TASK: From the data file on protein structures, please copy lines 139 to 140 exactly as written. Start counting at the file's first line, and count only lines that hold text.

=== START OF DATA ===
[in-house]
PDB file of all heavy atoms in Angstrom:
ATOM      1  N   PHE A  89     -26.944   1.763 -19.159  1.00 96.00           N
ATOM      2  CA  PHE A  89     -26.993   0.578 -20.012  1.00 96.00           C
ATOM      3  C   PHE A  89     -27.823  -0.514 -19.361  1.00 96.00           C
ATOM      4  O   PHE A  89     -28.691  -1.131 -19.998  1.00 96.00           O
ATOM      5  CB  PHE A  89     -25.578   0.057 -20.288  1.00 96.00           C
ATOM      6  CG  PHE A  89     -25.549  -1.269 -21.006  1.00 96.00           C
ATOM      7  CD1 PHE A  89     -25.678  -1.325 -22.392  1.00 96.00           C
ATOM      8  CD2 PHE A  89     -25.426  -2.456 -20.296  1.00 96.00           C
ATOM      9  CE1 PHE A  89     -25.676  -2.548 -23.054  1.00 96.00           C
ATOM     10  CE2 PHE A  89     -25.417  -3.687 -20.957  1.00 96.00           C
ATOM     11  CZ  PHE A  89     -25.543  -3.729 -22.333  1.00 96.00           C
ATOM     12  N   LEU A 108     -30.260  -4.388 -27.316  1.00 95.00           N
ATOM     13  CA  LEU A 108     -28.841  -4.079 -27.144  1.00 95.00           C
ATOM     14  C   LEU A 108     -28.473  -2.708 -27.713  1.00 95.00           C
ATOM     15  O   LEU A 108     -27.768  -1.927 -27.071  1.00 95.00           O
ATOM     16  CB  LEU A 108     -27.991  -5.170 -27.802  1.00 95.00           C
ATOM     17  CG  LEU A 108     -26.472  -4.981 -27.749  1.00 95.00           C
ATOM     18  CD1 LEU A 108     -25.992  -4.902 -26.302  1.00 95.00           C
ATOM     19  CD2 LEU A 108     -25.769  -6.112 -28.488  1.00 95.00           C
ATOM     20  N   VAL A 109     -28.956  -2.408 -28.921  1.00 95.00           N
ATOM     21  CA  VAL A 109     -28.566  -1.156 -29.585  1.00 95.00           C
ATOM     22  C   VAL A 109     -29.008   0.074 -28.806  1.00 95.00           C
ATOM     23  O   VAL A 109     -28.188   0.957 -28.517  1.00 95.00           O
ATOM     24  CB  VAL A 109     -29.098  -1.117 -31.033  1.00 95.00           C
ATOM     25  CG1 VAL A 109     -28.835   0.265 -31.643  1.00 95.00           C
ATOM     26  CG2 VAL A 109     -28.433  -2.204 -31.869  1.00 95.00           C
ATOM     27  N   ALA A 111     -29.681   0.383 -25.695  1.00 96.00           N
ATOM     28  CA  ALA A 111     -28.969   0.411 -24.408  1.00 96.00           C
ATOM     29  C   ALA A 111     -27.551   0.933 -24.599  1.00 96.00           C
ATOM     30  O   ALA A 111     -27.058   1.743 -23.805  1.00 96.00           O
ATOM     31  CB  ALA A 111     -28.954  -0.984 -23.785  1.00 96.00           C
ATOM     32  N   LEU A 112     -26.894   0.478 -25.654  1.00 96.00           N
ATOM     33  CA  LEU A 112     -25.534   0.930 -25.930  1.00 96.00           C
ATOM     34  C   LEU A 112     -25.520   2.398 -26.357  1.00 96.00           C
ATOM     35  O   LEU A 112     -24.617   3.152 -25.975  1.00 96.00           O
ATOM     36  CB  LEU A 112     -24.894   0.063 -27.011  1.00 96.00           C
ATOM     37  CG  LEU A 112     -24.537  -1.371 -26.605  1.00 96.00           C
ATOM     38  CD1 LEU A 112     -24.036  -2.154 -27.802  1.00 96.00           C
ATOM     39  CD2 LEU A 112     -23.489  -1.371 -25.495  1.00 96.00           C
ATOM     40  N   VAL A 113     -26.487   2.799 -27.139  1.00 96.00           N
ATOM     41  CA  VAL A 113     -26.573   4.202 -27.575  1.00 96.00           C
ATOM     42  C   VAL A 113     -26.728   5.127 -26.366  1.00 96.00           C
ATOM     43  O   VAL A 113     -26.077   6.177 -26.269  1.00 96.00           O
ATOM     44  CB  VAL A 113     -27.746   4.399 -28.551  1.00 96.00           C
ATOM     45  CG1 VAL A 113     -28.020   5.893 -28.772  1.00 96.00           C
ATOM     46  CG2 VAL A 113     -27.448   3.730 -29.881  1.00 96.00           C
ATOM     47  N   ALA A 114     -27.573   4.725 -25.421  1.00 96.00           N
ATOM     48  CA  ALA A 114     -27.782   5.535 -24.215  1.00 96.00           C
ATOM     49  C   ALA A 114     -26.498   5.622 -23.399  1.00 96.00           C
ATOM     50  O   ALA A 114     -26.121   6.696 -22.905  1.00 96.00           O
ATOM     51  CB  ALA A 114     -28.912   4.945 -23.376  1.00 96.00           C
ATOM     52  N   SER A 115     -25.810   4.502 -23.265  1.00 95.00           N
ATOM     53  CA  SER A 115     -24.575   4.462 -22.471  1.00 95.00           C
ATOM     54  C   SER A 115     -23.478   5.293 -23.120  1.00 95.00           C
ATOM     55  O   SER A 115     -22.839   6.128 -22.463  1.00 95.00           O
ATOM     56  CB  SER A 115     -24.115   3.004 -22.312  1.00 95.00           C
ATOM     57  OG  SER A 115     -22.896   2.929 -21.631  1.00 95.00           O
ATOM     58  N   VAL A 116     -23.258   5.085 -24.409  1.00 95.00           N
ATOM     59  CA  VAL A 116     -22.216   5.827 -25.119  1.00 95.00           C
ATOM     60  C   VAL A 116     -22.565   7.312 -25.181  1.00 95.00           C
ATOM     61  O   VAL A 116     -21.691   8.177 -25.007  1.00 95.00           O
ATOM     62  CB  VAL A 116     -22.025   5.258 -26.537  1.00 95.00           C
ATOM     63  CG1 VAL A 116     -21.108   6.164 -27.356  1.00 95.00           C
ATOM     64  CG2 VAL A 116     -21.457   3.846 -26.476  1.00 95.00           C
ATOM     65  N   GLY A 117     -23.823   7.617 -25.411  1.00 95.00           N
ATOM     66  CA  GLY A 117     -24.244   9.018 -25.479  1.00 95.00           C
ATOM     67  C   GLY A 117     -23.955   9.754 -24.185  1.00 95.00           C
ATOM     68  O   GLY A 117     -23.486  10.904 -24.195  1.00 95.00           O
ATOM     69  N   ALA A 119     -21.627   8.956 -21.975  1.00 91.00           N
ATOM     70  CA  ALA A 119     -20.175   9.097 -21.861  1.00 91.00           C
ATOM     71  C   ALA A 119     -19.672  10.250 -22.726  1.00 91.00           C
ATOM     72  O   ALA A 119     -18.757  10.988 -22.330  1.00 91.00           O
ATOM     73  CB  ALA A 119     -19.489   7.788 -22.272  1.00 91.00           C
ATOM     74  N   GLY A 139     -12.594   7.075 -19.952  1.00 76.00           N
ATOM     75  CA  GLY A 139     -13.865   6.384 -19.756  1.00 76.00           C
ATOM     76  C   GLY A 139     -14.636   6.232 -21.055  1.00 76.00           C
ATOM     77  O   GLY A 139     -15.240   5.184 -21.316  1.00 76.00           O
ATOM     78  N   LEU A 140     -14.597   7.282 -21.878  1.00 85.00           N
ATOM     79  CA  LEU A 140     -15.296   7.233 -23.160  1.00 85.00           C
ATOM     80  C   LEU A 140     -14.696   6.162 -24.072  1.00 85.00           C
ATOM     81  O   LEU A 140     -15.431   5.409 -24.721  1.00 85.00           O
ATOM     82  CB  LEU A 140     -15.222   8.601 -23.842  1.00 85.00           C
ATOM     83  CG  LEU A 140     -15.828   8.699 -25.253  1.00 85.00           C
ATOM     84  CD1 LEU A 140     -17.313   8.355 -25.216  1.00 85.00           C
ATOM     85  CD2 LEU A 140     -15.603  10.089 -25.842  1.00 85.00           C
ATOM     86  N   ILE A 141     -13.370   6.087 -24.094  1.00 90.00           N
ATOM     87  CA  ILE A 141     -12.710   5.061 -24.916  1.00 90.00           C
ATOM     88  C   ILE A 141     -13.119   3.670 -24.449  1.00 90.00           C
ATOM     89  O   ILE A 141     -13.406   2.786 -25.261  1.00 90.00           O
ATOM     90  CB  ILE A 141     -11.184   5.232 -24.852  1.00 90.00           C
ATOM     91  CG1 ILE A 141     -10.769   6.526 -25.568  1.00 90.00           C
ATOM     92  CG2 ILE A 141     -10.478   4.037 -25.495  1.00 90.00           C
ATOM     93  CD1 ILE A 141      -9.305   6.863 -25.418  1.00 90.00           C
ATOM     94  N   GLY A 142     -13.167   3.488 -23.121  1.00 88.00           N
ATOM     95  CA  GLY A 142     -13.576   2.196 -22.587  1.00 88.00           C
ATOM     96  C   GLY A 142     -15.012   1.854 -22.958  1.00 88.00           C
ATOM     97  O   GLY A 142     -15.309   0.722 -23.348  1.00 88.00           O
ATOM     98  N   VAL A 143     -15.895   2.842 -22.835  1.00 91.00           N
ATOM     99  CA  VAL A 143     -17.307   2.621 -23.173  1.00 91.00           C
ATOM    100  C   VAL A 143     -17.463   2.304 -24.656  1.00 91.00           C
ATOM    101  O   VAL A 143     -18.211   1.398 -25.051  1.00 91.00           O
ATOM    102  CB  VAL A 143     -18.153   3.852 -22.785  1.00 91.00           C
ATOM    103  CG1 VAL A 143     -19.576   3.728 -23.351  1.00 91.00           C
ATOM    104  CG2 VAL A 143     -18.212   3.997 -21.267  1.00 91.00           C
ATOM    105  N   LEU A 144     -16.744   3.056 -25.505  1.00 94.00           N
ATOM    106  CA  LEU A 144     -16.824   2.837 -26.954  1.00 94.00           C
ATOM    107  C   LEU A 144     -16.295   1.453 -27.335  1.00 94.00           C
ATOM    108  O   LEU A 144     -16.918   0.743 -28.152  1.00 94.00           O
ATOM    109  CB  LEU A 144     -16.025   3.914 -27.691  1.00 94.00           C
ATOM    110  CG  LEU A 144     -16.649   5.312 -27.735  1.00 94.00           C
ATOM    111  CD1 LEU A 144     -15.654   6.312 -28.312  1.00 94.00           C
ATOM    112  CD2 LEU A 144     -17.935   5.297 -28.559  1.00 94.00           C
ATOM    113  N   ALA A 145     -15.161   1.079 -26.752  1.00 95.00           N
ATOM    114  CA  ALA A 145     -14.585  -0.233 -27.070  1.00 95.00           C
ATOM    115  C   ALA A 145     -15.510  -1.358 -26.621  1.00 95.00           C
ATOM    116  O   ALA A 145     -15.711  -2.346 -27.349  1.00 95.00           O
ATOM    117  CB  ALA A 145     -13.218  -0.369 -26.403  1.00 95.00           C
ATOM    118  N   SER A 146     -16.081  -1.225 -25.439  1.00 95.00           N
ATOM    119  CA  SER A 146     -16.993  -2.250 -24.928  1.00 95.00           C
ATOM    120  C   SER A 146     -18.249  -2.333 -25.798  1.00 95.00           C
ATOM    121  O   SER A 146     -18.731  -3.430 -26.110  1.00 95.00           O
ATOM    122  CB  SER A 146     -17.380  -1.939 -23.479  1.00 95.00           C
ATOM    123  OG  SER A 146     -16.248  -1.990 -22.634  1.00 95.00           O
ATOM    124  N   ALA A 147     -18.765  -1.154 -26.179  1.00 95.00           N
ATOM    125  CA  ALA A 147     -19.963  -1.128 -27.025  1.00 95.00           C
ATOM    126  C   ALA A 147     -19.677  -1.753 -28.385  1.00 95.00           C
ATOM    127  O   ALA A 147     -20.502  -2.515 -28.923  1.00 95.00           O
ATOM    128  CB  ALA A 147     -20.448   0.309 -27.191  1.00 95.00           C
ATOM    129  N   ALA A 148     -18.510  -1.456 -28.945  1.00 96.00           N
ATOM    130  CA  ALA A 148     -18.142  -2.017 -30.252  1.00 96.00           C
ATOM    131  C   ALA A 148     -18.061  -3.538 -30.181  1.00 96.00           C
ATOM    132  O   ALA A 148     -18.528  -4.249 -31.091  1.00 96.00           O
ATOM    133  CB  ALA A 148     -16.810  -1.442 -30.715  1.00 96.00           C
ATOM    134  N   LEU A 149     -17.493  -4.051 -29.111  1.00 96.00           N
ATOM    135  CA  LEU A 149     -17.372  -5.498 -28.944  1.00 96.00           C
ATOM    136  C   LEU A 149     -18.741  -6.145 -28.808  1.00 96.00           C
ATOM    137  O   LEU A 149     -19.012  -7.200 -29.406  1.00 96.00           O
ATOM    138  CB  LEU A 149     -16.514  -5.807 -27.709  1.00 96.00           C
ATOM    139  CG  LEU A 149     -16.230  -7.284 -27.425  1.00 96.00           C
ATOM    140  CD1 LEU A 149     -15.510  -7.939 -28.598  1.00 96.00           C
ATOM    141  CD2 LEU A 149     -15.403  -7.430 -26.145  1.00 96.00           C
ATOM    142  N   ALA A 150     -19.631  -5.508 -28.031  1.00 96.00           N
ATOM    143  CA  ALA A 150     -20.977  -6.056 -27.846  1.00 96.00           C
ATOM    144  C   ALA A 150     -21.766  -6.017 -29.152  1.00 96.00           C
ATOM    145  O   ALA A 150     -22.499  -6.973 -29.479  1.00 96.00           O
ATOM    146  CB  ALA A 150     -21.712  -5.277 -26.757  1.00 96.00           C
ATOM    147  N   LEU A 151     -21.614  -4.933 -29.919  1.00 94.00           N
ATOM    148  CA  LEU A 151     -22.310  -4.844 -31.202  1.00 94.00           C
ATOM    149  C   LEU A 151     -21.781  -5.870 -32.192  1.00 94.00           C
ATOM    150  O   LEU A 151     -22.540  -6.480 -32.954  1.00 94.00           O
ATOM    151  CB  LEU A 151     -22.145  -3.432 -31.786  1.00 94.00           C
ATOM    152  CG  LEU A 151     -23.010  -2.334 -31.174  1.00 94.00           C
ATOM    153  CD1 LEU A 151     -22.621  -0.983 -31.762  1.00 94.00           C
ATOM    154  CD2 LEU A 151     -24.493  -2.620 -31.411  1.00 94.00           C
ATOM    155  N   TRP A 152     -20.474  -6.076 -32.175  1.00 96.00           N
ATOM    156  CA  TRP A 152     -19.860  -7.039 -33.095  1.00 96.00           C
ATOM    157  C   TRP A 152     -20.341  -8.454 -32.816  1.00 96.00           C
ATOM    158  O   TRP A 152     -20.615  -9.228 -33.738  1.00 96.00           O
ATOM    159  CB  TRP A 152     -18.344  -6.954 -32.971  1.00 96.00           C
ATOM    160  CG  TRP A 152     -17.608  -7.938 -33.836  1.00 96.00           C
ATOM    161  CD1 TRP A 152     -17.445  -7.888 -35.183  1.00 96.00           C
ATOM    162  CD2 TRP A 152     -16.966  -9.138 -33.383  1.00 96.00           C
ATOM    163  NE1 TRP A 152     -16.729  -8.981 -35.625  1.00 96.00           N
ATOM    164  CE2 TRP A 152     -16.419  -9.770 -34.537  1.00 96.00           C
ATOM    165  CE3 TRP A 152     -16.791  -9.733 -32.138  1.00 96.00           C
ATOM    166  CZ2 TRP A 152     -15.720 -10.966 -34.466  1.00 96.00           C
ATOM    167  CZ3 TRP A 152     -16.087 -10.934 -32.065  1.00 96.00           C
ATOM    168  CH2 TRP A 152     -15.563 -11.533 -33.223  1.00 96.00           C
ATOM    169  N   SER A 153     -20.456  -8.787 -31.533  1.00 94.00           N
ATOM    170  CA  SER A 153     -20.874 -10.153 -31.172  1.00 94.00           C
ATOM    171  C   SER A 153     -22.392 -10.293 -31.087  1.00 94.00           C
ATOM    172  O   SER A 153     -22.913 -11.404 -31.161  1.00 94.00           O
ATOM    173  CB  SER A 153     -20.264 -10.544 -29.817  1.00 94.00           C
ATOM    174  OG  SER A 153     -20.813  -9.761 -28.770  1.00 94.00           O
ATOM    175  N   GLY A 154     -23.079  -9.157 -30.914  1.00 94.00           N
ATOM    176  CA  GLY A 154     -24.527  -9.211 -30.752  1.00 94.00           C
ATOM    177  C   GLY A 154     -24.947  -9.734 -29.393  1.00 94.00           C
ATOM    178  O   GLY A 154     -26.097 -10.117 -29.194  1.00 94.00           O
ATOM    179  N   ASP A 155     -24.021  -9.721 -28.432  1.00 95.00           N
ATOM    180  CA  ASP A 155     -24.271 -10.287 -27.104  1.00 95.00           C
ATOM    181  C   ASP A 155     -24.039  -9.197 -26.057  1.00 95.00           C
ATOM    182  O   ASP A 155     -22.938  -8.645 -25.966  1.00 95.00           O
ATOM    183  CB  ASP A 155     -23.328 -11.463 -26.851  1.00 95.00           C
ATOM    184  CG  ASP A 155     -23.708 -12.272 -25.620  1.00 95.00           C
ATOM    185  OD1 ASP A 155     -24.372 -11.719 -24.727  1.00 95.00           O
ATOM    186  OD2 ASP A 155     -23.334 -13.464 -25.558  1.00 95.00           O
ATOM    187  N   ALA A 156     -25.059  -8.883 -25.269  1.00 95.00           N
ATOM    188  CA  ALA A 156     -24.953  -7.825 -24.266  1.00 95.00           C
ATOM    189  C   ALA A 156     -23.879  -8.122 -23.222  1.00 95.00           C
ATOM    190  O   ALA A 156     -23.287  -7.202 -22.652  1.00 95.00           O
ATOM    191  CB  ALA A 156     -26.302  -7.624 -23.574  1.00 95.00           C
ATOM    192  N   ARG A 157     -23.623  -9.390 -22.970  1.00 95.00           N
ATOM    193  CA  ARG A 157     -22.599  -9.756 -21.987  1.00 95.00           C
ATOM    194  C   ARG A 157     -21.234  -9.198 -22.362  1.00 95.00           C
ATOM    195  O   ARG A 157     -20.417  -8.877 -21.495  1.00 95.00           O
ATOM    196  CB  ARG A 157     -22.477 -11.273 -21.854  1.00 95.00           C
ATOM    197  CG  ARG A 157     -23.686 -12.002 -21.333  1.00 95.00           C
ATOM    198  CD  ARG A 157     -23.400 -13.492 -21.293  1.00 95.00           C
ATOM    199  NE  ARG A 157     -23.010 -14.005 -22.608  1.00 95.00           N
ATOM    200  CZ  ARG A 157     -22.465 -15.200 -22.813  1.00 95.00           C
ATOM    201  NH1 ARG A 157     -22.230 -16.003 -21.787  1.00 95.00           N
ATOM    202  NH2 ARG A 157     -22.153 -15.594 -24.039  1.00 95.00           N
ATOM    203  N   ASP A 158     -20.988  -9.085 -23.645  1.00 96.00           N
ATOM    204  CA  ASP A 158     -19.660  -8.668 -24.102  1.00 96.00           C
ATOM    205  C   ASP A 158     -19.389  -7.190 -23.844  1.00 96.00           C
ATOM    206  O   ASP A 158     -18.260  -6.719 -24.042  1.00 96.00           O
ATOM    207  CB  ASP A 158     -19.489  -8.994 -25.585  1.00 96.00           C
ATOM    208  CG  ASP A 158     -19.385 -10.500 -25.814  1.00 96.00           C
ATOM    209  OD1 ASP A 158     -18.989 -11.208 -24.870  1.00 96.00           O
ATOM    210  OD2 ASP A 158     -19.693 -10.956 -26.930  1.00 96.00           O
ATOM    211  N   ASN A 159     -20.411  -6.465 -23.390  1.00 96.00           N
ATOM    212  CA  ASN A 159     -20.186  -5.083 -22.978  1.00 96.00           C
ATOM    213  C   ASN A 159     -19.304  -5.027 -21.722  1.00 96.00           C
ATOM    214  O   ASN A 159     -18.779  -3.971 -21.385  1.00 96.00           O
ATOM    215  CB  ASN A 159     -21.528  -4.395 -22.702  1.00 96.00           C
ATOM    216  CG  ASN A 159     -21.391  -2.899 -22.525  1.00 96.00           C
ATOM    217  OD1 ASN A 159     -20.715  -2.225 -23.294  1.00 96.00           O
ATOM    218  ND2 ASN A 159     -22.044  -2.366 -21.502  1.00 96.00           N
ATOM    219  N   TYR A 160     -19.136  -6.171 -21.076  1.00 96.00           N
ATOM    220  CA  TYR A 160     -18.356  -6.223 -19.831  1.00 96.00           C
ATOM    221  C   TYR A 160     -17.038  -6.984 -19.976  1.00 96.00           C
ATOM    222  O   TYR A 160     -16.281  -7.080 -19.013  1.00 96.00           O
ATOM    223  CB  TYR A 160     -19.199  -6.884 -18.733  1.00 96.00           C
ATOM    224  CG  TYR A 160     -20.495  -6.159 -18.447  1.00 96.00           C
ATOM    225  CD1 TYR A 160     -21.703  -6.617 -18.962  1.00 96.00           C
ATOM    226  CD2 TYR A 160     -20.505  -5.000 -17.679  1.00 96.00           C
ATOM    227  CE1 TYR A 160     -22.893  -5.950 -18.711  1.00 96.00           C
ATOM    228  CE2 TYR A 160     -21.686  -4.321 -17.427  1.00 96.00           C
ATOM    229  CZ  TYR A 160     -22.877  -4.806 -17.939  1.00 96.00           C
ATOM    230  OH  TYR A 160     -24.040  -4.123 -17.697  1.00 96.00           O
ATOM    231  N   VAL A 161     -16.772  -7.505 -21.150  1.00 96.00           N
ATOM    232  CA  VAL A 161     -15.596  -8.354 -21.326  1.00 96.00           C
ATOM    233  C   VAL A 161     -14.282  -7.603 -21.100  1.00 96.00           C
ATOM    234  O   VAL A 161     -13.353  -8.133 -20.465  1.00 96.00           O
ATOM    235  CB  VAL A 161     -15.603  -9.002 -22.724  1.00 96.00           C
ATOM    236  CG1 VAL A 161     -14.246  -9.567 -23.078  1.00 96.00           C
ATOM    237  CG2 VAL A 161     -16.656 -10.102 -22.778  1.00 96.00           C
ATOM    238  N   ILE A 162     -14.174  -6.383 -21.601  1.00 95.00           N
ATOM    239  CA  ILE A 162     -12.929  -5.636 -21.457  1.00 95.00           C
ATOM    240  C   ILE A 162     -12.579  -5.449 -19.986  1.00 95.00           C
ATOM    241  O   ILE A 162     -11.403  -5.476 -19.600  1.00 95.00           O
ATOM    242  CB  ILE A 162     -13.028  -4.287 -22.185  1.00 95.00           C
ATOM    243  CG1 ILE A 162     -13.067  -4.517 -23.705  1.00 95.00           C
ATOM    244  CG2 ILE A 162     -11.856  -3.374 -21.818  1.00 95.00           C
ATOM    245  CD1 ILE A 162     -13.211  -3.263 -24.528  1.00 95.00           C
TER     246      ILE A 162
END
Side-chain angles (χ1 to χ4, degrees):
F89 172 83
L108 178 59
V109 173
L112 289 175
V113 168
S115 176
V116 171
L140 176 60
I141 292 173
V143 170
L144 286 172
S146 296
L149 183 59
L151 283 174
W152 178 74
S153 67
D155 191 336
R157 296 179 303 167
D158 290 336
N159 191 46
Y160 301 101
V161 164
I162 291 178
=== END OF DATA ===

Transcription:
ATOM    137  O   LEU A 149     -19.012  -7.200 -29.406  1.00 96.00           O
ATOM    138  CB  LEU A 149     -16.514  -5.807 -27.709  1.00 96.00           C